For smaller CS / Non-CS excursions
Ever sit down and watch something, or hear something, and want to note down a critical moment? I sure do! In my narrative interviews, I often have to do this process manually on a piece of notebook paper. In my video and audio reviews, I also have to do this manually on a google doc on split-screen. Finally, I put my foot down and programmed my very own media annotator. It has a load of useful features. It listens for your keystrokes anywhere on the screen, so you can be focused on your media. It uses system time, so it runs in lockstep with any media player. It exports your annotations to a simple text format that you can add to any literature review notes. And best of all, your annotations are attached to simple macros (number keys) and can be easily changed! Code is here.
Literally every time I want to make a line plot in Matplotlib, or save a model in PyTorch, or load a csv, I find myself searching it up and copy/pasting. To unify all of these simple things, I'm working on a large repository of code basics for researchers. This includes Numpy, Pytorch, LaTeX, Pandas, fileloading, and others that I haven't gotten to yet. I plan to also include simple implementations of structures like VAEs and GANs.
When I read papers, I like to give it one read, hide the paper, and then try to summarize the key findings in a few paragraphs. I decided to put these together into one large LaTeX document. Currently, it's around 100 pages. When I get the time, I will put it on GitHub.
Training Whales, Robots, and You!
Reinforcement learning and animal training have a lot in common because they all revolve around conveying information through rewards. I've had some very fascinating conversations with whale & dolphin trainers. What I've discovered is that we have very similar insights but use different terminologies. To understand this better, I've prepared a 105-minute talk that looks at these connections through a survey of literature and anecdotes in both fields. This talk was originally made for Stanford Splash, but it works for any audience of high schoolers. It can also be adapted for older audiences.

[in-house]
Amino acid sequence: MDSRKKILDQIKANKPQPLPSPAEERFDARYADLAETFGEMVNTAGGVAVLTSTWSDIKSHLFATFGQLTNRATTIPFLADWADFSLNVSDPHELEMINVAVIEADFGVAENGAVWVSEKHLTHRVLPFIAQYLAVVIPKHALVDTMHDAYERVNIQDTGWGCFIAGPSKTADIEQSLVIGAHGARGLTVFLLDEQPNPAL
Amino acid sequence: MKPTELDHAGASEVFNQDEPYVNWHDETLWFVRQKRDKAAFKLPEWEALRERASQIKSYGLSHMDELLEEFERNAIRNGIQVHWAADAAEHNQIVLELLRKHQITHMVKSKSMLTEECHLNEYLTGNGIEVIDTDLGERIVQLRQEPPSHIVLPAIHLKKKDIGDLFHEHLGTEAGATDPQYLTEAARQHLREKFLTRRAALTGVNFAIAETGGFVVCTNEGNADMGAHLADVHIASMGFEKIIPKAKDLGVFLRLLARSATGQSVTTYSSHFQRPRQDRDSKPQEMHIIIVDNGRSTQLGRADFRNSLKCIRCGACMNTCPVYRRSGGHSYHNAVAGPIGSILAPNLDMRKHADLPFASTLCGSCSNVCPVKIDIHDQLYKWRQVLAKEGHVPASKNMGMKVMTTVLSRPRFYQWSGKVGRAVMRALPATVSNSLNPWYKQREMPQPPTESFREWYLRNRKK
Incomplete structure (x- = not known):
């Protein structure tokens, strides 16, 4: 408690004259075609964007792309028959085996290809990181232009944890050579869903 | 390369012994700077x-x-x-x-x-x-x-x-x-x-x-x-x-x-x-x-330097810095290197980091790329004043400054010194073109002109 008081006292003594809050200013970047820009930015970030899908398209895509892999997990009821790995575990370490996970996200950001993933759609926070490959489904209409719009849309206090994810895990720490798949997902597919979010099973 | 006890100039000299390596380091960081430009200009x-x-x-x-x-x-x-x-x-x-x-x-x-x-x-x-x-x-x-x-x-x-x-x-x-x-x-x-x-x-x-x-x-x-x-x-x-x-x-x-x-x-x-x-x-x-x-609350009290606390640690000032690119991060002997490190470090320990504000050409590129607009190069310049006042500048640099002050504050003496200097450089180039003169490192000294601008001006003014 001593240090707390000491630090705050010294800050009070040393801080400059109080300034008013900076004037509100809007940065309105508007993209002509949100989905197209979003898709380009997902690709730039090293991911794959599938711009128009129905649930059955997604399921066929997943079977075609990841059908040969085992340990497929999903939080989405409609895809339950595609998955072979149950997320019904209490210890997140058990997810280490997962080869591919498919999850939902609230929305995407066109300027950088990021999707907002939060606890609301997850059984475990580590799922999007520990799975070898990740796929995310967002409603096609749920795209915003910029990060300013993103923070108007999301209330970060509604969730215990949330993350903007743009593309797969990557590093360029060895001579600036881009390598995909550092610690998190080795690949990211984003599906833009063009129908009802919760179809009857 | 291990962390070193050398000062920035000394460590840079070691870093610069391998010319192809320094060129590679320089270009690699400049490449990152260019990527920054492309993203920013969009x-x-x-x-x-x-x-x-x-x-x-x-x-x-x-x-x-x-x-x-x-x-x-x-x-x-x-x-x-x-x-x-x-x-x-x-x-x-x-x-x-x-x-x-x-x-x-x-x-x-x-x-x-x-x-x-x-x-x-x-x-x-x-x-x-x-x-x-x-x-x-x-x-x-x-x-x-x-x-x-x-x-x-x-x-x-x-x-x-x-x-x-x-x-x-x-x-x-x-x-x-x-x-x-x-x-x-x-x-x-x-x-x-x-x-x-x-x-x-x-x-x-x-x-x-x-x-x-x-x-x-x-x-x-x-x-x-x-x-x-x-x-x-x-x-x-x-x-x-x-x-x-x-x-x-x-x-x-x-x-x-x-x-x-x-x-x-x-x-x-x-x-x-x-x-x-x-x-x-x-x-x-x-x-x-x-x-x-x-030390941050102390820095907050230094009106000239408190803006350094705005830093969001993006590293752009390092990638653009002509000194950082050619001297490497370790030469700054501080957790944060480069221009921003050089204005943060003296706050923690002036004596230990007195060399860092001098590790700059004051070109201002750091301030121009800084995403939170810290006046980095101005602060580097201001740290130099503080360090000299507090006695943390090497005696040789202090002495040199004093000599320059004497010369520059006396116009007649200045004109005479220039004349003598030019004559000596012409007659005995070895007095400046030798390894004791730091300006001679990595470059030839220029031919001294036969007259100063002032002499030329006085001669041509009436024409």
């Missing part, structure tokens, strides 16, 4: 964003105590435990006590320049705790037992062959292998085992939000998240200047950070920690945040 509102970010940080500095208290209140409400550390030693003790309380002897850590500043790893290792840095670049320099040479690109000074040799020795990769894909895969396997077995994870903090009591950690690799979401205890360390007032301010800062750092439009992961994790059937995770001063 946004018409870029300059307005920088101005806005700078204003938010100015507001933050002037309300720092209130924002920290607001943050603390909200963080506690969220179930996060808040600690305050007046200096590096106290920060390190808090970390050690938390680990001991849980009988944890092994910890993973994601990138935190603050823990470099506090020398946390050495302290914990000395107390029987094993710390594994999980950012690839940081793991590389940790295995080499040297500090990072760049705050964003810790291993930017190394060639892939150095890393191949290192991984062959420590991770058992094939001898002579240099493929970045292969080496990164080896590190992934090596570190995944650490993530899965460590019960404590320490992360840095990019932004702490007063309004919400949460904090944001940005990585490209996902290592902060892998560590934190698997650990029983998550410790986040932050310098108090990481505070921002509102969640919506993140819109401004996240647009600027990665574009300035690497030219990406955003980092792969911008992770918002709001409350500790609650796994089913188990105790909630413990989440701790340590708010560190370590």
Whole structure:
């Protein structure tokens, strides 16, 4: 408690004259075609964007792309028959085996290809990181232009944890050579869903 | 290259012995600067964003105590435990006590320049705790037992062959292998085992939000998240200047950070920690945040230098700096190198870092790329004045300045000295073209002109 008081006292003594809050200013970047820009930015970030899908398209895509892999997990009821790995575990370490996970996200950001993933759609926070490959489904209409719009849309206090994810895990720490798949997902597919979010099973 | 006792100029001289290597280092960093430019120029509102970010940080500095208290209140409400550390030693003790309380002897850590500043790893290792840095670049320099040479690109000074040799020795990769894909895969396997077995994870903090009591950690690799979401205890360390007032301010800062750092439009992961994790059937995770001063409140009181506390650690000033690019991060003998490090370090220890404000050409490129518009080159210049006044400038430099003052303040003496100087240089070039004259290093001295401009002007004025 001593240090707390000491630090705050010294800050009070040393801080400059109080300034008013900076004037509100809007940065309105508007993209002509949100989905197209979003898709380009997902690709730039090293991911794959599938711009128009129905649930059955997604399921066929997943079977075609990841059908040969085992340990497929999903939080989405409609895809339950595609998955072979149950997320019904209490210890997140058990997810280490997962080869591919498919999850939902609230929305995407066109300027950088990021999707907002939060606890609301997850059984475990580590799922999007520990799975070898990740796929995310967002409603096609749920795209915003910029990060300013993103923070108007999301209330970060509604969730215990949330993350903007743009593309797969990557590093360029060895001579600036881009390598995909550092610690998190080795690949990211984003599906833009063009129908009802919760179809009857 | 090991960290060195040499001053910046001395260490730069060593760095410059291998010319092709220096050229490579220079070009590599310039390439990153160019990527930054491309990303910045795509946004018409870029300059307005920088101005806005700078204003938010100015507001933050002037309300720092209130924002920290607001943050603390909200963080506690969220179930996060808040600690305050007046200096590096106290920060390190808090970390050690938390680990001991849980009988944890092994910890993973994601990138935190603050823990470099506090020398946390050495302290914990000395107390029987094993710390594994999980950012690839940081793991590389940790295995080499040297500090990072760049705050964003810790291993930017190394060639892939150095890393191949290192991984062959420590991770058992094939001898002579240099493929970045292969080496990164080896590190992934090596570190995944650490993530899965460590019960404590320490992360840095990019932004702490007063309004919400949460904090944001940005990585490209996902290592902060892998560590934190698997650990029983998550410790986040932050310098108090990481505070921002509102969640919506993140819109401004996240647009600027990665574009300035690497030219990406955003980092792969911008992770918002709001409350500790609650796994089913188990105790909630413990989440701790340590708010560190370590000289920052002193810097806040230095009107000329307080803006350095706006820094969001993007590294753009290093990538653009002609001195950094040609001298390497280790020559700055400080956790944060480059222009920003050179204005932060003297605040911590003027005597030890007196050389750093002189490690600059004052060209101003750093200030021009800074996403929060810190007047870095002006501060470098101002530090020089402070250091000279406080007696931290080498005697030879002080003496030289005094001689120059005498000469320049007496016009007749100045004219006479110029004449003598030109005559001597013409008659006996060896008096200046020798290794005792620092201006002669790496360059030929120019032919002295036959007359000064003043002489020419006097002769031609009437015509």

Not to be all pretentious or anything, but I think I'm building up what will become the world's most comprehensive archival database on the subject of whales in captivity. Right now, it contains around 3k individual documents, including images, videos, books, audio, web snapshots, reports, and research articles. After I finish my book, I can release most of it for educational use.
Sixteen Pixels is (Almost) All You Need: Crafting Parameterized Image Uncrumpling Models (CS231N Winning Final project)
As smartphone technology continues to evolve, handheld document scanning is becoming more pervasive. Unlike flatbed scanners that physically flatten documents, smartphone scanners must digitally remove creases and crinkles in a document to ensure the best scan possible. In this work, we create a procedurally-generated dataset of pairwise crumpled and uncrumpled images. Then, we implement and compare denoising and style transfer architectures to this new problem. We find that an adversarial paradigm with a small PatchGAN yields the most realistic results with the best quantitative scores as well. Paper and code are available.
MidiStyle: Audio Style Transfer (CS229 Final Project)
Style transfer is pretty pervasive in visual tasks, using anything from Gram Matrix methods to CycleGAN. Can we try using established vision style transfer algorithms on audio? In this project, we show that this is indeed possible. Using a spectrogram representation, we change a piano into harp, harpsichord, electric guitar, and even timpanis. We generate our own data using MIDI, and we test on a real-world piano. Our project website can be found here and our code here.
Thompson Sampling Simulator (CS109 Winning Final Project)
The Multi-Armed Bandit is a fascinating theoretical question, but it is also a compelling question of philosophical intensity: how do we balance exploration vs exploitation? We look at one algorithm, known as Thompson sampling. Here, we simulate ants finding a good location for a nest. We also implement Tandem Running, which allows ants to "persuade" other ants, resulting in faster convergence. The code is here, and as of June 2022, the simulation is still running here
Noninvasive Pipe Monitor
In my childhood home, we had a problem with sewage backing up occasionally into our basement. If we saw it coming (by means of the main sewage line filling up), then we could minimize the damage. I devised a capacitive sensor and an Arduino that constantly monitored the pipes. Higher water levels means a higher capacitance, and the Arduino will trip an alarm if the capacitance reaches a certain threshold for a long time. The code is here.